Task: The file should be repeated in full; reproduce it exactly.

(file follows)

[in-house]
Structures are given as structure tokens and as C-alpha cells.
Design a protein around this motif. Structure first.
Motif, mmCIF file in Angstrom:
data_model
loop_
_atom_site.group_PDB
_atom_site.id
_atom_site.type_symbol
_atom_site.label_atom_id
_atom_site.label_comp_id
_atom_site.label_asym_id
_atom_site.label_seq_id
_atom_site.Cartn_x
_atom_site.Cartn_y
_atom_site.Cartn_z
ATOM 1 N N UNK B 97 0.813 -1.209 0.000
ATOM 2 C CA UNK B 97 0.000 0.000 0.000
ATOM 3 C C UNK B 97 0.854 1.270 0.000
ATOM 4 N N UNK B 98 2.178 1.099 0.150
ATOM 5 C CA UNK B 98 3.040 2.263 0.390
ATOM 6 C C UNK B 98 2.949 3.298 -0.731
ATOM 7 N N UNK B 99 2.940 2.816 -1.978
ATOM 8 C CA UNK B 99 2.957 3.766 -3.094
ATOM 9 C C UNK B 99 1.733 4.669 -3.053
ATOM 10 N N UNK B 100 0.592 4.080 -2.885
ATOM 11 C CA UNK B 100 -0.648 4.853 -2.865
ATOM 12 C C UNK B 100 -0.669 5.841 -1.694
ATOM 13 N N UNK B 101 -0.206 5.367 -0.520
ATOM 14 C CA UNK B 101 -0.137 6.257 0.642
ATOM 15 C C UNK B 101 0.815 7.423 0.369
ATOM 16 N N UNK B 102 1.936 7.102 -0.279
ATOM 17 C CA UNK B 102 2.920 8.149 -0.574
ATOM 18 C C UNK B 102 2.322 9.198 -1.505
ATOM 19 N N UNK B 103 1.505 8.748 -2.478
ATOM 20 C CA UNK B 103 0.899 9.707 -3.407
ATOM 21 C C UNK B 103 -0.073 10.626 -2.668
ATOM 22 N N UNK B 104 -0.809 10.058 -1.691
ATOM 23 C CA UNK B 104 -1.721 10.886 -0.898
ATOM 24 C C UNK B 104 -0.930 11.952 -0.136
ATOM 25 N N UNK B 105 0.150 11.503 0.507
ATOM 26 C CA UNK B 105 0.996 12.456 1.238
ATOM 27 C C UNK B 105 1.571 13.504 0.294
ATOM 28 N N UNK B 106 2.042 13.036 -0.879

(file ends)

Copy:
[in-house]
Structures are given as structure tokens and as C-alpha cells.
Design a protein around this motif. Structure first.
Motif, mmCIF file in Angstrom:
data_model
loop_
_atom_site.group_PDB
_atom_site.id
_atom_site.type_symbol
_atom_site.label_atom_id
_atom_site.label_comp_id
_atom_site.label_asym_id
_atom_site.label_seq_id
_atom_site.Cartn_x
_atom_site.Cartn_y
_atom_site.Cartn_z
ATOM 1 N N UNK B 97 0.813 -1.209 0.000
ATOM 2 C CA UNK B 97 0.000 0.000 0.000
ATOM 3 C C UNK B 97 0.854 1.270 0.000
ATOM 4 N N UNK B 98 2.178 1.099 0.150
ATOM 5 C CA UNK B 98 3.040 2.263 0.390
ATOM 6 C C UNK B 98 2.949 3.298 -0.731
ATOM 7 N N UNK B 99 2.940 2.816 -1.978
ATOM 8 C CA UNK B 99 2.957 3.766 -3.094
ATOM 9 C C UNK B 99 1.733 4.669 -3.053
ATOM 10 N N UNK B 100 0.592 4.080 -2.885
ATOM 11 C CA UNK B 100 -0.648 4.853 -2.865
ATOM 12 C C UNK B 100 -0.669 5.841 -1.694
ATOM 13 N N UNK B 101 -0.206 5.367 -0.520
ATOM 14 C CA UNK B 101 -0.137 6.257 0.642
ATOM 15 C C UNK B 101 0.815 7.423 0.369
ATOM 16 N N UNK B 102 1.936 7.102 -0.279
ATOM 17 C CA UNK B 102 2.920 8.149 -0.574
ATOM 18 C C UNK B 102 2.322 9.198 -1.505
ATOM 19 N N UNK B 103 1.505 8.748 -2.478
ATOM 20 C CA UNK B 103 0.899 9.707 -3.407
ATOM 21 C C UNK B 103 -0.073 10.626 -2.668
ATOM 22 N N UNK B 104 -0.809 10.058 -1.691
ATOM 23 C CA UNK B 104 -1.721 10.886 -0.898
ATOM 24 C C UNK B 104 -0.930 11.952 -0.136
ATOM 25 N N UNK B 105 0.150 11.503 0.507
ATOM 26 C CA UNK B 105 0.996 12.456 1.238
ATOM 27 C C UNK B 105 1.571 13.504 0.294
ATOM 28 N N UNK B 106 2.042 13.036 -0.879